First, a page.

We got a late morning start, after taking about 8 hot laps on chair 6 at Kirkwood.  The steep groomers were skiing pretty damn nice first thing in the morning.  The weather felt like April, other than the sun being much lower in the sky.  Made for some nice inbounds spring conditions with out a terribly firm overnight hard pack forming.  Just firm enough to set things up.  But I had not traveled four hours just to ski some well groomed terrain.  So, after hooking up with a few fellow travelers, we headed out beyond the ropes.  Our plan was not specific, but we all knew we wanted to get to a peak that we always see from the lift, and check out its backside.  After a boot pack, a traverse, and a 40 minute ski around a sub-peak, we found ourselves just under 9800', atop a horseshoe cirque with a variety of sun exposed and shaded chutes.  We chose a sunny aspect.  The top was a steep, creamed corned chute that slowly narrowed to a pinch.  In a normal snow year, a fall line descent to the bottom is possible.  But with our thin snow pack we followed a traverse skiers right into the central bowl, which held an apron of mostly soft, smooth, wintery snow.  I have to say, I kind of was pleased we chose this option as opposed to avoiding sharks in an increasingly thin and narrow, sun banked line.  Corn snow always seems to come around.  These days, powder is a rare treat.



With a few mini hits in the mix.




Bach atop the ridge above Emigrant Lake.  




Sally Alley was the call.  Tracked up, but the snow was cold.




And the line is aesthetic.  





We worked our way a bit further down, through some trees, and mini golfed a few benches, then it was time to make a traverse, and put back on the skins.  We aimed for a spot back up on the same ridge, a few hundred feet lower in elevation.  There was a line up there we planned on skiing back to near the resort.  On our way out, we saw that it had several tracks in it already, but still hoped for the best.  The top is a fairly wide chute, but it only had a narrow strip of good snow.  It was all on the shade, and basically a choice of smooth ice, or skied up powder.  We thought skied up powder sounded nice.  After the top third, we took a left turn, where almost everyone else had taken a right.  We followed that left track into the left chute and scored another pitch of wonderful wintery goodness.  The top few turns were full on boot deep powder, followed by several in a snow best describe as chowder, before finding a section that knew not weather it wanted to be powder or corn.  All fun turns.  On the way down, I even found a third pitch that held some wonderful wintery snow before I had to make the hard left traverse around the lake.  Usually we would ski right down and across the lake, but this winter had been warm, and we were reluctant to cross below our line.




The mid third of the run we were hitting some fresh cold snow.




Out in the sun the powder quickly changed through chowder to some sort of hybrid snow.




And it was well on its way to corn.




With plans to circumnavigate the lake, we left a good five hundred feet untouched.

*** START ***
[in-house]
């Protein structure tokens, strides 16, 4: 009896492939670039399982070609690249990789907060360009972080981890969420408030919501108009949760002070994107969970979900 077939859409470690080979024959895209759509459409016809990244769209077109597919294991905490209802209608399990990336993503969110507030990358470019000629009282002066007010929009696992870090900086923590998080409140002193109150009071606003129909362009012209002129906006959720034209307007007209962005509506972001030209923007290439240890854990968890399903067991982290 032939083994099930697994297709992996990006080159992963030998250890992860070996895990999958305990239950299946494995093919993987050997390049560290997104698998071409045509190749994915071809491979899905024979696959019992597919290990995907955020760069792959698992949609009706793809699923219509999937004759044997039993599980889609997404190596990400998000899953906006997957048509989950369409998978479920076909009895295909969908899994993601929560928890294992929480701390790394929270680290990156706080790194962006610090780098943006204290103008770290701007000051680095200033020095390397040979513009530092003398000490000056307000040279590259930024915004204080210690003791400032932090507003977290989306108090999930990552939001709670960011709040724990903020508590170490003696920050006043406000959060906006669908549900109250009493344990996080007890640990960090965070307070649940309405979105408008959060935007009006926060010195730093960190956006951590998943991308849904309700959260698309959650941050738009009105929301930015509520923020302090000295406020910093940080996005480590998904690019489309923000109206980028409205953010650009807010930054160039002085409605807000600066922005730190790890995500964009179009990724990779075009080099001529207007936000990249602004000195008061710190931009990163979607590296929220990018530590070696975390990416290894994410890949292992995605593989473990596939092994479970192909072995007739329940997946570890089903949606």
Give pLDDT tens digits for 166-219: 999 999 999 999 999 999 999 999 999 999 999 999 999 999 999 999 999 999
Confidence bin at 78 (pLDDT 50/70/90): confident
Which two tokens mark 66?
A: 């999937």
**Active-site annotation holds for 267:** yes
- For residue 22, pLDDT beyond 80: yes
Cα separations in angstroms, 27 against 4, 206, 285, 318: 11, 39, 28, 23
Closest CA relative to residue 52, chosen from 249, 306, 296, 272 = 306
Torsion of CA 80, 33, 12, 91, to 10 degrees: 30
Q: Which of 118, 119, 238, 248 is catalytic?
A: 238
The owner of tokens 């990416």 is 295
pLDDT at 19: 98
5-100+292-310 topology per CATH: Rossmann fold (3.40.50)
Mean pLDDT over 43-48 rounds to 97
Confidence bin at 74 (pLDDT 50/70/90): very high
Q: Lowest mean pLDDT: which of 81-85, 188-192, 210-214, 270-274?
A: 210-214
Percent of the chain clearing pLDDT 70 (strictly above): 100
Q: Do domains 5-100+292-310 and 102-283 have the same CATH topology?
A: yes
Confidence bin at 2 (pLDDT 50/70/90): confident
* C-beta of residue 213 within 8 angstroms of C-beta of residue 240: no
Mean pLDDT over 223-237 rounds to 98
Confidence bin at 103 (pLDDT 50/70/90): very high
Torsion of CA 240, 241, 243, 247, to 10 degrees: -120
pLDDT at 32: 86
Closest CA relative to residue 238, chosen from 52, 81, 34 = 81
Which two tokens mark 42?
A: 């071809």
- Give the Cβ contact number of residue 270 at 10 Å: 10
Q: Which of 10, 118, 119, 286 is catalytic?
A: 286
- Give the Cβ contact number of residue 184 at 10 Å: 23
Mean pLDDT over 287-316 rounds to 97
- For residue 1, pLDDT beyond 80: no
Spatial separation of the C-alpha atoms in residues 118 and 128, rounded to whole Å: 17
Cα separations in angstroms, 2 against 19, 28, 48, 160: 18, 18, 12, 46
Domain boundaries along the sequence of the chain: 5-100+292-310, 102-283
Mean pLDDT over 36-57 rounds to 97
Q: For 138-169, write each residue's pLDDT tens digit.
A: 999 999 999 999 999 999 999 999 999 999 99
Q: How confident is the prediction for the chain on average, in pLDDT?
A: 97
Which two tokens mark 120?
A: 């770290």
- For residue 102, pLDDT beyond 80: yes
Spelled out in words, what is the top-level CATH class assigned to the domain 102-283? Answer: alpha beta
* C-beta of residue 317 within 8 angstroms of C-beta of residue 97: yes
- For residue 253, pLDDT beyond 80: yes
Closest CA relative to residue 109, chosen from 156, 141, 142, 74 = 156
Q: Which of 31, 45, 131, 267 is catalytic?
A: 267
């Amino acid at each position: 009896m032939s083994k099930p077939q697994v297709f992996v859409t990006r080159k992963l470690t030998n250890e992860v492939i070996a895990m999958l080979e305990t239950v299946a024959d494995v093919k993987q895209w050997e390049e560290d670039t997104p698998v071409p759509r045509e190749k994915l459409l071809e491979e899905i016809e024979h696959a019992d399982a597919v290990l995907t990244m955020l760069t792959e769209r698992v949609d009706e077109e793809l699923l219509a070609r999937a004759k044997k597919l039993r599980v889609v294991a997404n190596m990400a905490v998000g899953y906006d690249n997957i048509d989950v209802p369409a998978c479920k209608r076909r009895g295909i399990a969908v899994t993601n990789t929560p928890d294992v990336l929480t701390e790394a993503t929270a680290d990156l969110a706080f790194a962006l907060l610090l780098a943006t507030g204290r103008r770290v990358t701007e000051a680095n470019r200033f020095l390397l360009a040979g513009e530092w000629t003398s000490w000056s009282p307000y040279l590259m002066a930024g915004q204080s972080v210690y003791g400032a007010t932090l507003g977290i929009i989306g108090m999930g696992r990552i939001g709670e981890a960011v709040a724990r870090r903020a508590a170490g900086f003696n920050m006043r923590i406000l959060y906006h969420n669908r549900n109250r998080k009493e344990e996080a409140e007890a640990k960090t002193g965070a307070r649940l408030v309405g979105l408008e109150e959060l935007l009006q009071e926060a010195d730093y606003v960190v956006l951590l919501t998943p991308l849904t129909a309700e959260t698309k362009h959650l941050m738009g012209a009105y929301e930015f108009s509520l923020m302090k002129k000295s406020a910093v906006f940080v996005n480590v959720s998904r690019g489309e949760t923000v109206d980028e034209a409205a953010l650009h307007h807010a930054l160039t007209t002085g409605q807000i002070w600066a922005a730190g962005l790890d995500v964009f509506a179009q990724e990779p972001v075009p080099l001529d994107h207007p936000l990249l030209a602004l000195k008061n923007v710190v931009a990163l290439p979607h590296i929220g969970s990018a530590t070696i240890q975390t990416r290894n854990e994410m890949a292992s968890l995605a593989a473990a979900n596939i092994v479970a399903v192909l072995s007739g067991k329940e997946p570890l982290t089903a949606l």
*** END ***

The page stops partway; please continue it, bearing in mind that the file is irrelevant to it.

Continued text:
The next day I was hungry for some more.  Did a few hot laps on 6, and soon was making plans to head out a bit further.  There is an zone we had thought about skiing the day before, but had to turn back due to time constraints.  This time we basically headed straight out there.  Well, actually, we headed in as straight of a manner as possible.  It did require a good amount of elevation loss, but that ended up being a fun ski any way.  It took us a bit of time to get to the top of our first run, but every time we saw the zone, it kept on looking better.  The soft powder had a certain texture to it, and it started to look like our entire face we planned to ski was covered in mostly this texture.  As it turned out, it was.  What a lovely surprise, to get this particular face in not only edgable snow, and not only wintery snow, but in actual powdery snow.  This was neither superbly deep, or super hero, but it was close enough to make both days' efforts well worth this reward.  I was riding on a nice high as we donned our skins and began skinning back up tot the exit ridge.  We had a pretty easy out, and decided to head for a point a but further down the ridge from the prior day.  We were looking for a nice sun exposed corn slope.  And, with a little poking around, we found it.





A look up at Sally Alley.  We did the boogie left slide all the way to the traverse.




Next day we were eyeing the Little AK Face.  





Clay gets started.




And found the hike well worth the effort.


So, here is where things took a turn for the worse.  After two days of fun skiing, and fun snow, I spotted my entrance and stoked to hit the baking corn below, I entered the choke hot.  After quick edging above a rock, and throwing my skis around that rock, I soon found myself acceleration on ice, going across the slope and headed for some rocks.  I am not really sure what happened next.  I thought I was going to be able to pull my tips up and come to a stop.  That did not happen.  Instead, one ski got a hold of some outcropping of rock, and then I was tossed into a rock wall.  Or so I think.  Next thing I know, I am sliding down the slope, through the corn, both skis popped off.  Frantically, I try to grab my skis, but as I do, I accelerate.  Finally I have one, and work hard to put on the breaks, as more rocks are quickly approaching from below.  I stop.  One ski is gone.  My partner said it went off the cliff to our right.  Far below, we see a single ski track going into the wood.  My ass hurt.  My pants were torn.  Slowly, I get a hold of myself and begin boot packing down the slope.  800 vertical feet lost.  There was plenty of good news.  We found my ski rather quickly.  My bindings were not busted.  While there was a nasty core shot on one, my skis were basically okay.  I could basically still ski and walk.  I did not land on my back.  Xrays have shown nothing is broken.  And I learned pretty damn big lesson.  Don't be so damn cavalier.  And will I've spent two days on the couch watching way too many crappy movies instead of making turns, or catching waves, I will be out there again soon enough.  Likely even before the next time it snows.